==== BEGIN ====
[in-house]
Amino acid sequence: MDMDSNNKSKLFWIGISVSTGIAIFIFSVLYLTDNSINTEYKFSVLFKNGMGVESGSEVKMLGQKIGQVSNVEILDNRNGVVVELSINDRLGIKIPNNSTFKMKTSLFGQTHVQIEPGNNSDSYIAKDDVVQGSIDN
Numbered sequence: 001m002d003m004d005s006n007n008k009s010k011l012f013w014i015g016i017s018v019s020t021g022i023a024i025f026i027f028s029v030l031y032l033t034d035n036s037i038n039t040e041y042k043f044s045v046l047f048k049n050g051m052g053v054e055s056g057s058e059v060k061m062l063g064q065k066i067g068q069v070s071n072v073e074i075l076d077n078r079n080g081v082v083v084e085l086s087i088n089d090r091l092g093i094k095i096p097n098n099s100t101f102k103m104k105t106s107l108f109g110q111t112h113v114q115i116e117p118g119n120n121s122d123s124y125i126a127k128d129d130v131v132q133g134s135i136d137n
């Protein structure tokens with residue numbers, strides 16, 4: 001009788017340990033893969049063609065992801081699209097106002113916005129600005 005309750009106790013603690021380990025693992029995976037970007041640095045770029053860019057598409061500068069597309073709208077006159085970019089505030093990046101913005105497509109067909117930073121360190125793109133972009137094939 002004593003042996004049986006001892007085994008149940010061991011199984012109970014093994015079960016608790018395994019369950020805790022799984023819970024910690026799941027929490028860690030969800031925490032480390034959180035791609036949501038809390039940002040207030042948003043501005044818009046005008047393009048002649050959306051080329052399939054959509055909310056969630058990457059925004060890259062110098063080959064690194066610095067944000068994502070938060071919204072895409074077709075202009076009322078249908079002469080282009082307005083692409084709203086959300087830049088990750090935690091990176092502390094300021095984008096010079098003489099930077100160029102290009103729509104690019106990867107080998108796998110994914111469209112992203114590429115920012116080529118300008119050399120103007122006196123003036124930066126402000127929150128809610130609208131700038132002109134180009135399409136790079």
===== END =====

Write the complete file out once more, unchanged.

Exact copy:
[in-house]
Amino acid sequence: MDMDSNNKSKLFWIGISVSTGIAIFIFSVLYLTDNSINTEYKFSVLFKNGMGVESGSEVKMLGQKIGQVSNVEILDNRNGVVVELSINDRLGIKIPNNSTFKMKTSLFGQTHVQIEPGNNSDSYIAKDDVVQGSIDN
Numbered sequence: 001m002d003m004d005s006n007n008k009s010k011l012f013w014i015g016i017s018v019s020t021g022i023a024i025f026i027f028s029v030l031y032l033t034d035n036s037i038n039t040e041y042k043f044s045v046l047f048k049n050g051m052g053v054e055s056g057s058e059v060k061m062l063g064q065k066i067g068q069v070s071n072v073e074i075l076d077n078r079n080g081v082v083v084e085l086s087i088n089d090r091l092g093i094k095i096p097n098n099s100t101f102k103m104k105t106s107l108f109g110q111t112h113v114q115i116e117p118g119n120n121s122d123s124y125i126a127k128d129d130v131v132q133g134s135i136d137n
């Protein structure tokens with residue numbers, strides 16, 4: 001009788017340990033893969049063609065992801081699209097106002113916005129600005 005309750009106790013603690021380990025693992029995976037970007041640095045770029053860019057598409061500068069597309073709208077006159085970019089505030093990046101913005105497509109067909117930073121360190125793109133972009137094939 002004593003042996004049986006001892007085994008149940010061991011199984012109970014093994015079960016608790018395994019369950020805790022799984023819970024910690026799941027929490028860690030969800031925490032480390034959180035791609036949501038809390039940002040207030042948003043501005044818009046005008047393009048002649050959306051080329052399939054959509055909310056969630058990457059925004060890259062110098063080959064690194066610095067944000068994502070938060071919204072895409074077709075202009076009322078249908079002469080282009082307005083692409084709203086959300087830049088990750090935690091990176092502390094300021095984008096010079098003489099930077100160029102290009103729509104690019106990867107080998108796998110994914111469209112992203114590429115920012116080529118300008119050399120103007122006196123003036124930066126402000127929150128809610130609208131700038132002109134180009135399409136790079």